Nancy and me: a lament

Nancy Pelosi and I grew up in the same Baltimore, in the days of May Processions and Forty Hours’ devotions, of Baltimore Catechisms and nuns in starched wimples, of Catholic heroes like John Unitas and Gino Marchetti. Nostalgia is always suspect when judging the texture of a time and a place: in this case, a town of ethnic neighborhoods in which Catholic kids unselfconsciously identified themselves by parish. Yet it’s hard not to feel a twinge of reverence for something that wasn’t perfect — but, dang, it was great. Or, as another product of that period, Garry Wills, once wrote, “Not a bad ghetto to grow up in.”

In the Fifties, Nancy D’Alesandro was the mayor’s daughter — her father being “Big Tommy” D’Alesandro, as distinguished from Nancy’s brother, “Young Tommy,” who was mayor during riot time in 1968 and then left public life. After marrying Paul Pelosi in 1962, Nancy moved to San Francisco — and thereby missed one of the electric moments in the twilight years of the old Baltimore in which we were both raised.

It was January 1966, and the City Council was considering an open housing bill — a key plank in the platform of civil rights leaders. “Young Tommy” D’Alesandro, then president of the Council, invited Cardinal Lawrence Shehan to testify at a public hearing on the measure. The diminutive cardinal had barely gotten the first sentence out of his mouth when raucous jeers broke out, to the point where Young Tommy had the cops clear the room so the hearing could proceed. “The Jeering of the Cardinal” was the big story for days thereafter — a story from which some of us took an important lesson: the Catholic Church stood shoulder-to-shoulder with those deemed outside the boundaries of society’s protection and concern.

It’s hard to imagine Young Tommy not telling his sister about that episode, but Nancy Pelosi doesn’t seem to have learned the meaning of those heady days for the 21st century — that the legislative battles to protect the right-to-life of the unborn, the elderly, and the handicapped, (not to mention the battle against treating human embryos as research material) are civil rights struggles in moral continuity with the civil rights struggles of the Sixties. The questions are the same: Who enjoys the protection of the laws? Who is inside the boundaries of the community’s protection and concern? Who is safe, if some of us arrogate to ourselves the power to declare others of us outside those boundaries?

I wish my fellow-ex-Baltimorean had answered those questions in a way that does full justice to the Catholic upbringing of which she boasts. Alas, Nancy Pelosi is one of the most relentless supporters of the spurious “right” to abortion in the House: which means that she’s on the wrong side of the great civil rights issue of our time, just like the people who jeered Cardinal Shehan in 1966. NARAL Pro-Choice America went into paroxysms of adulation when Pelosi was elected Speaker; Democrats for Life lamented that Pelosi put federal funding for embryo-destructive stem cell research near the top of her legislative agenda.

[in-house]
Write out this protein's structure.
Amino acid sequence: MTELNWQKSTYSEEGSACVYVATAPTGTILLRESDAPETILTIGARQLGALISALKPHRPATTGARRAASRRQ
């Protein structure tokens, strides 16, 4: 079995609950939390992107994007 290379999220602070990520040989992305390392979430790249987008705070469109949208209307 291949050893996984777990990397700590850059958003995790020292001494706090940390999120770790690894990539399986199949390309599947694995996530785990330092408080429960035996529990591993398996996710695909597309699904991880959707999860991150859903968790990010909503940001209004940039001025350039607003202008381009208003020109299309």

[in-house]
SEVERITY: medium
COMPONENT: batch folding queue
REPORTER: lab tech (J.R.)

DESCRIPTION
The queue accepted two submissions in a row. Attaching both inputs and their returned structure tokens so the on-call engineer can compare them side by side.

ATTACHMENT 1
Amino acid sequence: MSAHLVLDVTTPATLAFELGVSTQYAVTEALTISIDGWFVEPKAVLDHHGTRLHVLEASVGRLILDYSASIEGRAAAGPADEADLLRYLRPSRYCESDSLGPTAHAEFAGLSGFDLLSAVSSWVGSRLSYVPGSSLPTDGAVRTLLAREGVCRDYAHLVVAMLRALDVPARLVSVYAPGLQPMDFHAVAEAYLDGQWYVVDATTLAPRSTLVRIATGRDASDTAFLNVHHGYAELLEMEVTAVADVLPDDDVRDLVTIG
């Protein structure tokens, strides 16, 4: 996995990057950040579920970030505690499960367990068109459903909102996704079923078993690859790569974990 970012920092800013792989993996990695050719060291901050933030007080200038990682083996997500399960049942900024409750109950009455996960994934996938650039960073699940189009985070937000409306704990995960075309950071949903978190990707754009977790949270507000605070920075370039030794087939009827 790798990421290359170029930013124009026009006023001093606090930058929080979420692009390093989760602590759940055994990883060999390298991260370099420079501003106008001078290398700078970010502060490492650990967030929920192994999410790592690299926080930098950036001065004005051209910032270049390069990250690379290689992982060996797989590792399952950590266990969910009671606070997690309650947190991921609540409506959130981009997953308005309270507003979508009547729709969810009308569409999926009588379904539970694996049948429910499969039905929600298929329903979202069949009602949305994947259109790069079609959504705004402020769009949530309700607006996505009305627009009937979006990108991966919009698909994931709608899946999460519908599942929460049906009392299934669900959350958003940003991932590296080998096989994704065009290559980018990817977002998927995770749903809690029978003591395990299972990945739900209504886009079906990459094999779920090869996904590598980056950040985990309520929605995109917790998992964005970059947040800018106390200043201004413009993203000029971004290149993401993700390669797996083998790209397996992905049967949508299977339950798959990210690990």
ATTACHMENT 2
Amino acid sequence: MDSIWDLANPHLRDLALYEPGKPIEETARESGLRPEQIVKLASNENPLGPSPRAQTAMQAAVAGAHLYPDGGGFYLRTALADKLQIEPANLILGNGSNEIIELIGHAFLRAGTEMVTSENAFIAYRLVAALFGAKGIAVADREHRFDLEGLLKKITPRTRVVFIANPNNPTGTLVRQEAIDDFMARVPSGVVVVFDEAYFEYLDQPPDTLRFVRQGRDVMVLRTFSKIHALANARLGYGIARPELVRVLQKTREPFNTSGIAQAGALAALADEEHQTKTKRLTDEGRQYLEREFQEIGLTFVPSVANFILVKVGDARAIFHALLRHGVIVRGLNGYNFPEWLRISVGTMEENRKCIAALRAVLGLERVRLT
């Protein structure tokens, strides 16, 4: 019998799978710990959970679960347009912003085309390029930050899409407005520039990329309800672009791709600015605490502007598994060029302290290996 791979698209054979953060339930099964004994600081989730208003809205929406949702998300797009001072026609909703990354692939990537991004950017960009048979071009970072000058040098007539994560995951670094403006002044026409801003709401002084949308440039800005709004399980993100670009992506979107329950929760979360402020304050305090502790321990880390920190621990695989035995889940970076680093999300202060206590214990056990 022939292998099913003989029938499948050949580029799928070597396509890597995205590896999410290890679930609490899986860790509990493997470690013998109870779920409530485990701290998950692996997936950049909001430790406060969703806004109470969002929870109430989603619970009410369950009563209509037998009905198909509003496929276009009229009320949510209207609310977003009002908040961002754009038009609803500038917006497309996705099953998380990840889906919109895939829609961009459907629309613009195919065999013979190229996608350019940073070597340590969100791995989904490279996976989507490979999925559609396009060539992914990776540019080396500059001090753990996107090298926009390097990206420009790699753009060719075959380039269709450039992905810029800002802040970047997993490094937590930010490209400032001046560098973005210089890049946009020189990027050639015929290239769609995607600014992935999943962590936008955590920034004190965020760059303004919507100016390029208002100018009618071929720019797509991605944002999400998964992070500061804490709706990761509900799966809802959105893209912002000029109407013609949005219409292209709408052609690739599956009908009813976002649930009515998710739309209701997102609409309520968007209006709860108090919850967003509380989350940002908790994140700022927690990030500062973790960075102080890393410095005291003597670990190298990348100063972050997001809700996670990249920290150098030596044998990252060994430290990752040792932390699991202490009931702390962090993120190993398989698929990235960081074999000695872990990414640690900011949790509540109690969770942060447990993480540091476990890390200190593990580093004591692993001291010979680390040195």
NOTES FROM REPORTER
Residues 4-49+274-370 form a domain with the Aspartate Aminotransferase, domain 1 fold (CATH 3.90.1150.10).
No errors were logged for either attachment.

Then there was the carefully choreographed January 3 Mass at Washington’s Trinity University, where Pelosi had attended college. At the Speaker’s invitation, the celebrant and homilist was Father Robert Drinan, SJ, who would succumb to pneumonia a few weeks later. Father Drinan was the man who, more than anyone else, gave the moral green light for the Democratic Party to tarnish its modern civil rights record by embracing the abortion license; the man who, during his years in Congress, consistently defied the canons of public justice (and the Church’s settled conviction) on the great civil rights issue of the day; the man who helped turn Senator Edward Kennedy from a potential champion of the pro-life cause into the desiccated, Wolsey-like specimen he is today. If Father Drinan’s record provides insight into the Pelosi speakership, then Nancy Pelosi has betrayed the great public lesson of the Baltimore Catholicism in which we both grew up.

I pray that my fellow-ex-Baltimorean changes her mind, but I’m not holding my breath. I’m also praying that my skepticism is misplaced.

COMING UP: Care for Her Act: A common-sense approach to caring for women and their babies

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The pro-life community is often accused of only being pro-birth; however, a congressman from Nebraska is seeking to not only bring more visibility to the countless organizations which provide care for women experiencing crisis pregnancies through birth and beyond, but to also imitate that care at the federal level and enshrine it into law.